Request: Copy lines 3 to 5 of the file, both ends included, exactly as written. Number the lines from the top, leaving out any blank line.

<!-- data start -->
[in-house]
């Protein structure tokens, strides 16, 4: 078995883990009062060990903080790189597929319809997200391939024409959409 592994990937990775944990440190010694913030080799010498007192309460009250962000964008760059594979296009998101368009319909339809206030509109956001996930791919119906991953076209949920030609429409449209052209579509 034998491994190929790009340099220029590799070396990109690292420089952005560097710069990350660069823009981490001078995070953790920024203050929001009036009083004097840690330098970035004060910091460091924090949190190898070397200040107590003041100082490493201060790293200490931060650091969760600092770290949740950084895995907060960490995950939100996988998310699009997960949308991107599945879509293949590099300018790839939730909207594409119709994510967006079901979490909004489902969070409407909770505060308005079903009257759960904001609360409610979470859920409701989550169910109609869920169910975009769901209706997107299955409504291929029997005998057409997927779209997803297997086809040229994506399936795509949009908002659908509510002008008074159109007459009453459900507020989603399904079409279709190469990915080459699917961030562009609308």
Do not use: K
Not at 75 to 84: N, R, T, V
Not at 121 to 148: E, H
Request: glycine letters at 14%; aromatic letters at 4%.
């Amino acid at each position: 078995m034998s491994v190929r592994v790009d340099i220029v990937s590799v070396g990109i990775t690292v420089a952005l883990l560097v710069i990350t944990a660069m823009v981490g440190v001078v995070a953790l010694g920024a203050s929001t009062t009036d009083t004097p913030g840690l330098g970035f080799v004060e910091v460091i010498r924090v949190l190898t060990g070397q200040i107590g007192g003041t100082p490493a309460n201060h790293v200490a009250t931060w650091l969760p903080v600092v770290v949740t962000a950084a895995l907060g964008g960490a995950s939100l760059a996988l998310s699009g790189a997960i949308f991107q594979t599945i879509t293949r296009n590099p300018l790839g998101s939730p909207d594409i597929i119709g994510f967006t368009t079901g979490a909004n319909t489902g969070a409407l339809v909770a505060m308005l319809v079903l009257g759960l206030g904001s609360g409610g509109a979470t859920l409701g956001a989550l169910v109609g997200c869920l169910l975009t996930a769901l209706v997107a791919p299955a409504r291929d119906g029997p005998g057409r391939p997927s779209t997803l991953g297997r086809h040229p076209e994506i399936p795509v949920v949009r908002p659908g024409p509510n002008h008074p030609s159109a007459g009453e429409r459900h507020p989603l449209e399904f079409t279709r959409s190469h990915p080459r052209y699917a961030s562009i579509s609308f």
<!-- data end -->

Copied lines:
Do not use: K
Not at 75 to 84: N, R, T, V
Not at 121 to 148: E, H